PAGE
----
From young womanizer to elderly bank robber: Over five decades, Michael Caine has appeared in some 125 films, winning two Oscars among his six nominations. As the British actor turns 85, his projects keep multiplying.
"The only alternative to playing old people is to play dead people. That's why I went for the elderly," quipped Michael Caine while presenting his film "Youth" in Cannes in 2015. As he turns 85, ending his acting career is not an alternative Caine is considering at all.
The British actor has performed in roughly 130 films, among them numerous brilliant works, and some not as remarkable ones. Actor Kevin Kline likes to joke that in the 1990s, a video shop in London even had a small section called "Films Without Michael Caine." There's a grain of truth to this, as Caine is a workaholic among the stars. What drives him is having fun with his work.
'I did a lot of crap'
"Sir" Michael, as he may call himself after having been knighted by the Queen, was born in London on March 14, 1933. His father was a fish market worker, and his mother a cleaning lady. He grew up in dire poverty, which affected him for his entire life.
As his main objective was to make a lot of money, he wasn't particularly picky in his choice of roles. "I did a lot of crap," he openly admitted in several interviews. Talking about "Jaws 4," he told the German weekly magazine Focus that he only accepted the insignificant role in it because it paid well, and because he wanted to buy a house for someone in his family.
The career of Caine, born Maurice Micklewhite, began in the mid 1950s with small stage and television roles.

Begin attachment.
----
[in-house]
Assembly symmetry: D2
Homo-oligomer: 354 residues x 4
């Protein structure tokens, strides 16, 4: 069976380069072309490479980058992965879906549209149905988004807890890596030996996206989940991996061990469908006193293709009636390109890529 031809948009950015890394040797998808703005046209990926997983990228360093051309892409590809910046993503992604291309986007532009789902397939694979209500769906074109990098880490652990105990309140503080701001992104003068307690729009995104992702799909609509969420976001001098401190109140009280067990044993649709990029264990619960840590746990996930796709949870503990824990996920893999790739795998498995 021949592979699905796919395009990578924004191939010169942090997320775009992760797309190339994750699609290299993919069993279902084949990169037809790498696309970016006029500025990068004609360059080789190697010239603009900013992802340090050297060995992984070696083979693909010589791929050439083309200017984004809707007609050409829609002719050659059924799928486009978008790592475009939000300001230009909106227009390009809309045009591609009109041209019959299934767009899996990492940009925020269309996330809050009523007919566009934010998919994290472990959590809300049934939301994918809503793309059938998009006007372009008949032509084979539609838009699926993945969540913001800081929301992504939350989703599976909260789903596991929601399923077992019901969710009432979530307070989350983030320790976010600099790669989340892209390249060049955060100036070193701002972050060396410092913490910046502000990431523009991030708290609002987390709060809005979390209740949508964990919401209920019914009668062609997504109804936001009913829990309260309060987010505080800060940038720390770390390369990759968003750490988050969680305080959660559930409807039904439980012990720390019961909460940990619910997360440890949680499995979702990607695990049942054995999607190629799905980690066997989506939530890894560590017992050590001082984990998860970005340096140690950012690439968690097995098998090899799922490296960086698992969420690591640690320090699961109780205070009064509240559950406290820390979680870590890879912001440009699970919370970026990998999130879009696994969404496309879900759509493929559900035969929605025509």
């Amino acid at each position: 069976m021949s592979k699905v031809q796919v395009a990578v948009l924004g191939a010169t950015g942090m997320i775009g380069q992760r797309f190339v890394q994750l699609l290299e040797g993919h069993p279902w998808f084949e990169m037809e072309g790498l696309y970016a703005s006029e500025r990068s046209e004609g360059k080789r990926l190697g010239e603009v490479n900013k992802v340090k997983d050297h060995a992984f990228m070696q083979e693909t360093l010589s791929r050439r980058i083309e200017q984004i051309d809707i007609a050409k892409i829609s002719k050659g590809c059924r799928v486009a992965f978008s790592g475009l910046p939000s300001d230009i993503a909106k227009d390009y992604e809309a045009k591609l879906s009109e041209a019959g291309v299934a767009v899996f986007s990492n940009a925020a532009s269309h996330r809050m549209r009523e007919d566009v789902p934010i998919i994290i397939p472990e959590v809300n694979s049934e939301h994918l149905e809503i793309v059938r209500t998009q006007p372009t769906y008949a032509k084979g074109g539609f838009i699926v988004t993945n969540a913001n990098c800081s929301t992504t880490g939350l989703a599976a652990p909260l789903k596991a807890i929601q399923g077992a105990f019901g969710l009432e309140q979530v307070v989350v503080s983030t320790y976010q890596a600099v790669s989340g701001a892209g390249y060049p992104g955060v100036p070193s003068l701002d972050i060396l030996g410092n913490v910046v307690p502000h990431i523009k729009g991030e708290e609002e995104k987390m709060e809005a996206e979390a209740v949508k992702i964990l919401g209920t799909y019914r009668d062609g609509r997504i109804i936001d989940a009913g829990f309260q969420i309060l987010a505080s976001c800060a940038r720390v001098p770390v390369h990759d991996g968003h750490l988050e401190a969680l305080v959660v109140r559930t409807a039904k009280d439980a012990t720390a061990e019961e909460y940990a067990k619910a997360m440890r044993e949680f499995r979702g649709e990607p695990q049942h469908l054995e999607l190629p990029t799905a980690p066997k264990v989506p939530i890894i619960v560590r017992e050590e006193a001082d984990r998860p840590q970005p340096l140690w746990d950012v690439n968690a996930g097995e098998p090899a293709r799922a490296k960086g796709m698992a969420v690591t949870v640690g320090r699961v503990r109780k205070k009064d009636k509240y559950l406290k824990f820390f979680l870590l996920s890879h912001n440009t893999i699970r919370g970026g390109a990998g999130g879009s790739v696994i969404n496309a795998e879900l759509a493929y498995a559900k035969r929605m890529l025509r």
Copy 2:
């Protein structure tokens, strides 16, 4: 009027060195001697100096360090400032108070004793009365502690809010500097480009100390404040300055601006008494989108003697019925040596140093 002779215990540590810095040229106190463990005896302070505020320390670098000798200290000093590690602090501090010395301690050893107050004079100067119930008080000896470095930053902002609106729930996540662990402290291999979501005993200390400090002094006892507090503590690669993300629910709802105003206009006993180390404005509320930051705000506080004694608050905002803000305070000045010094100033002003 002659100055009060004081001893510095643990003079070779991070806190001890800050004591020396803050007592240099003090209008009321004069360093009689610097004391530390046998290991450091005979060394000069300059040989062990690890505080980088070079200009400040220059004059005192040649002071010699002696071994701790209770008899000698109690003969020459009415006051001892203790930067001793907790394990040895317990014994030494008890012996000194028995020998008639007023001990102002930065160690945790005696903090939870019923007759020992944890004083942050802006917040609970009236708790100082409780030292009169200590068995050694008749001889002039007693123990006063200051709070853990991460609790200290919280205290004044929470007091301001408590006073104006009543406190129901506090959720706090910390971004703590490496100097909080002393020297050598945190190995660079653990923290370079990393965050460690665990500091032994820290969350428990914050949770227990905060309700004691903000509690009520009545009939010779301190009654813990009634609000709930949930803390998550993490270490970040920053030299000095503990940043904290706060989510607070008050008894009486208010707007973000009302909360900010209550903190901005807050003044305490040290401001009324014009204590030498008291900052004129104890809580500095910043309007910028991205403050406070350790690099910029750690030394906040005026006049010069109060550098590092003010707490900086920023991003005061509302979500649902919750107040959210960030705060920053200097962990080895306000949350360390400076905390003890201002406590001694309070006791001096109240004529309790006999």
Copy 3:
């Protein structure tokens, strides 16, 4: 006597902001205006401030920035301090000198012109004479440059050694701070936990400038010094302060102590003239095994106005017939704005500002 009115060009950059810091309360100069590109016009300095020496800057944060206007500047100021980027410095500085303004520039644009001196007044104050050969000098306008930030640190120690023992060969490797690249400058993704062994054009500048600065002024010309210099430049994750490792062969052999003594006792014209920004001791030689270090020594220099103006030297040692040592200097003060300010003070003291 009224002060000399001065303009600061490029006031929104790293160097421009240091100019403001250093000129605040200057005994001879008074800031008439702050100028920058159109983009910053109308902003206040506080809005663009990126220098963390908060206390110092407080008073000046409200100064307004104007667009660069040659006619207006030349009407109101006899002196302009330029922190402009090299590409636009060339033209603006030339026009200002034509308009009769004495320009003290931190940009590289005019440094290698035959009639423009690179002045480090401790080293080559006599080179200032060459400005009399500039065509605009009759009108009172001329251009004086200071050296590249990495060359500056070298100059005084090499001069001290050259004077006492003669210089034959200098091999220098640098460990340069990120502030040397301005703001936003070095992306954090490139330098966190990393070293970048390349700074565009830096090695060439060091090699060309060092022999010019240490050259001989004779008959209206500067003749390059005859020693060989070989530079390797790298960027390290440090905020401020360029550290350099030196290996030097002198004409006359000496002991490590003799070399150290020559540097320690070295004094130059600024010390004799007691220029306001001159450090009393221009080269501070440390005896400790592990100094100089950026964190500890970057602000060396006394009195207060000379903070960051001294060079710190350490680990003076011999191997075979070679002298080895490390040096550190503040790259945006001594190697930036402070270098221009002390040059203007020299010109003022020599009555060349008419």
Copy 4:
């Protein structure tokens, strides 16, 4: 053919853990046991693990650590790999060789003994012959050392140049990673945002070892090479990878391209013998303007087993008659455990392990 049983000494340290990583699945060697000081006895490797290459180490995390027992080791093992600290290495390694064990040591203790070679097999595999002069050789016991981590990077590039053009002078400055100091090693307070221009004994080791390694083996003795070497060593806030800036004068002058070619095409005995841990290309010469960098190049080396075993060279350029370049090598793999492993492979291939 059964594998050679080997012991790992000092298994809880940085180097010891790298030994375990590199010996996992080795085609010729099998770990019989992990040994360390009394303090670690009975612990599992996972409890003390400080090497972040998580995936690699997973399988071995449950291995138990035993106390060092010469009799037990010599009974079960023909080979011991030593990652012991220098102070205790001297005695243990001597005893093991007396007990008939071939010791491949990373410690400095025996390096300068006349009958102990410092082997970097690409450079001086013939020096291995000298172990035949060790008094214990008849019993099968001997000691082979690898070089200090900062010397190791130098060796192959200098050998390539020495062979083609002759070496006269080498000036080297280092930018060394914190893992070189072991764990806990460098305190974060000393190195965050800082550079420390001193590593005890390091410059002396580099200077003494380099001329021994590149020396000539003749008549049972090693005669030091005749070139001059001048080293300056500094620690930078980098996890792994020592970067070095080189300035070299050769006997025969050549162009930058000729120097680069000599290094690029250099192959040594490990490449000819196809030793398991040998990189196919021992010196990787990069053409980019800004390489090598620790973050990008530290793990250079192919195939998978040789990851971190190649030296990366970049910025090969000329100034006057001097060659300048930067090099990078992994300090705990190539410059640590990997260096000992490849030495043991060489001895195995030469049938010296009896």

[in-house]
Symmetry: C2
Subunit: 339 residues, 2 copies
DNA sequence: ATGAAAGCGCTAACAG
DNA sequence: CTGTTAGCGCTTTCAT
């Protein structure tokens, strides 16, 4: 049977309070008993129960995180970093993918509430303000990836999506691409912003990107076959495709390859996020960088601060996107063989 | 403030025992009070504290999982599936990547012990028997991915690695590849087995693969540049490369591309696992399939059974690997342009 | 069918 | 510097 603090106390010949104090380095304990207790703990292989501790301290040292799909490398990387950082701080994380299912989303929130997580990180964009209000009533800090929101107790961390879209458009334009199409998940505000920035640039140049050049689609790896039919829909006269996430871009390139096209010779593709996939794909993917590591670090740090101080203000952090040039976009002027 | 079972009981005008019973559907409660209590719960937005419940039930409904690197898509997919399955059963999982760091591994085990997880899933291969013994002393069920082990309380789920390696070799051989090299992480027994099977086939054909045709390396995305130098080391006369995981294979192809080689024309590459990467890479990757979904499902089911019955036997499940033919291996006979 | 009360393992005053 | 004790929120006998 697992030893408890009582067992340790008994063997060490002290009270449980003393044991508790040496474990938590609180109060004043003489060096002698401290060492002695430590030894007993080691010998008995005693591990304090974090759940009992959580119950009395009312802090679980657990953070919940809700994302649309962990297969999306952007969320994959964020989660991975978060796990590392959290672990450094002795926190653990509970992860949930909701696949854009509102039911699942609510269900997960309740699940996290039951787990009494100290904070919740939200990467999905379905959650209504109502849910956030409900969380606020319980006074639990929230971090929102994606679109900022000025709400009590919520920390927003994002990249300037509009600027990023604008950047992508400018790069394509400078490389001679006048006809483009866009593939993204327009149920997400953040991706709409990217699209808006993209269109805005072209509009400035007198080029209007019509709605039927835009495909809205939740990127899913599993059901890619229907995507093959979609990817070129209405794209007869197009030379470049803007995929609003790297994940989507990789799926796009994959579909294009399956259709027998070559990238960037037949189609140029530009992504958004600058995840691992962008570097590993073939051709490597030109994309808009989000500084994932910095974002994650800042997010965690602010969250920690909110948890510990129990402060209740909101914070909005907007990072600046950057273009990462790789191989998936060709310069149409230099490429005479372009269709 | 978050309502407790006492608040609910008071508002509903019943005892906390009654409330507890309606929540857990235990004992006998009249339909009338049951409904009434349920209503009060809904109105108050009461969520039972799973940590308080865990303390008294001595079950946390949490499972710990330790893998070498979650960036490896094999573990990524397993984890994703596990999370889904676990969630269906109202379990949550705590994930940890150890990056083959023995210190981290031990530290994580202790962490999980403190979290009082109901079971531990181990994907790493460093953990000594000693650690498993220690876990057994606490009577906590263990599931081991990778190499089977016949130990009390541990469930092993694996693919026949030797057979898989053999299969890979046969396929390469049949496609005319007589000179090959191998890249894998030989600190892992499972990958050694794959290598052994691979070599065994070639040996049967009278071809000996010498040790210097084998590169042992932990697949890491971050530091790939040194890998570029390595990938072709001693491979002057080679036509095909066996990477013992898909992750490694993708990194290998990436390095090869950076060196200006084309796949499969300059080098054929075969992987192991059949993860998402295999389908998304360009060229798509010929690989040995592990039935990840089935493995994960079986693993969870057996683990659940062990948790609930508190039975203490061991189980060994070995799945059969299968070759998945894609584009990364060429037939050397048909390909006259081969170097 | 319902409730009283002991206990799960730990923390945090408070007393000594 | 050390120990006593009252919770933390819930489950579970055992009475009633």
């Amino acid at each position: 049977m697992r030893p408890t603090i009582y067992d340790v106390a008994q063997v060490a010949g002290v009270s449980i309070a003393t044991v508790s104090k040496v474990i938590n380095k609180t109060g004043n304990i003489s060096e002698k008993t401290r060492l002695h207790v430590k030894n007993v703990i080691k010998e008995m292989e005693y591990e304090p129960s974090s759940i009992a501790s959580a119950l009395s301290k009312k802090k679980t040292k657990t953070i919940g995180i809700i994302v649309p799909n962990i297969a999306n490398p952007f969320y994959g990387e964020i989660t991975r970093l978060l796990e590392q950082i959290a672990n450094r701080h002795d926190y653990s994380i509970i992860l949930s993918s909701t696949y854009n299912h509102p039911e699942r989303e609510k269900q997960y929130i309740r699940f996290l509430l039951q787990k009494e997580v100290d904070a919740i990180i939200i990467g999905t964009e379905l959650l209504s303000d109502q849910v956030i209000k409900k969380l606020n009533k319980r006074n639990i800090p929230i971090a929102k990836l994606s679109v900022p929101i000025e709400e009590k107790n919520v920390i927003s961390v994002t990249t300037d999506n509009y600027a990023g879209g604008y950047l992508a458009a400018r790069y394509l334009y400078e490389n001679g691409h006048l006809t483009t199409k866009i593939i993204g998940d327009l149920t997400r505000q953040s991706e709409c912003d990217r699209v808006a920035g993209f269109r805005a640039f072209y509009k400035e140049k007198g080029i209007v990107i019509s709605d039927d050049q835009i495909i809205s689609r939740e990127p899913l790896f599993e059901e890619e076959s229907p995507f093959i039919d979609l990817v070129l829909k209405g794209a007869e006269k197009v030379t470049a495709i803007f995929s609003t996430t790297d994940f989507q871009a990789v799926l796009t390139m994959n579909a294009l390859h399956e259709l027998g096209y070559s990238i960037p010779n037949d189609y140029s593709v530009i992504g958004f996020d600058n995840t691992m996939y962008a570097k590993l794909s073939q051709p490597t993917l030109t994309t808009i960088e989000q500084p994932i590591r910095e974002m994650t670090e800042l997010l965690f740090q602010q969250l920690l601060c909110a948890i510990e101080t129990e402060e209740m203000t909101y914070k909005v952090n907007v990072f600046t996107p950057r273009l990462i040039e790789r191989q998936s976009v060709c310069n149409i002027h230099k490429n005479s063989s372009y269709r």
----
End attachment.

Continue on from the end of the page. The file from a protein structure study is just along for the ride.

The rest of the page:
He obtained his first main role with "Zulu" (1964), playing a noble colonial officer defending a Swedish mission against an attack of local warriors. "Director Cy Endfield was an American. A British director would never have given me, a proletarian, the role of a lieutenant," Caine once told the German weekly Die Zeit.
Crossing social classes
In 1967, Caine received his first Oscar nomination for his performance in "Alfie." The movie's protagonist was a narcissist charmer with a Cockney accent; such a portrayal was unseen in Britain's conservative society at the time.
In his private life, Caine never got rid of his Cockney accent, although he speaks pure Oxford English in most of his films.
Other Oscar nominations followed suit, namely for "Sleuth" (1972), as well as "Educating Rita" (1983), a modern film adaptation based on the novel "Pygmalion" by George Bernard Shaw.
Three years later, Caine finally received his first Academy Award, for best actor in a supporting role as Elliot in Woody Allen's "Hannah and her Sisters."
A second Oscar followed in 1999 for Caine's portrayal of Dr. Wilbur Larch in a film adaptation of John Irving's "The Cider House Rules."
At the beginning of the new millennium, Caine, then almost 70, was once again nominated for an Oscar for his performance in "The Quiet American," based on a novel of the same title by Graham Greene.
Caine and Jack Nicholson are the only two actors to have been nominated at least once in a decade between 1960 and 2010.
Read more: European Film Awards for Caine and Waltz
Next to his work, Caine is interested in amateur theater, real estate and collecting artworks. And he has some strong political views: "I voted for Brexit... I'd rather be a poor master than a rich servant."
Read more: Michael Caine's 'Brexit' support goes viral
His private life hasn't always been happy. Only recently, Caine admitted in an interview with Radio Times that at the beginning of his career, he used to drink an entire bottle of vodka every day: "I wasn't unhappy, but I had a lot of stress." His wife Shakira, with whom he has been married since 1973, gave him comfort. "Without her, I would have died a long time ago. I probably would have boozed myself to death." Today, he prefers to have a glass of wine only with a meal. He says he mentally feels like he's only 38.
In 2017, Caine starred alongside Morgan Freeman and Alan Arkin in the comedy "Going in Style" that's all about senior citizens. "What's come into fashion, fortunately for me, is films for older people," he told The Guardian.
More new works are set to be released within days of his 85th birthday: He's the narrator, co-producer and star of a new documentary, "My Generation," about 1960s London. He portrays a fictional island nation despot in the satire comedy "Dear Dictator" and lends his voice to one of the gnomes in the animated feature "Sherlock Gnomes." He has no plans on retiring any time soon.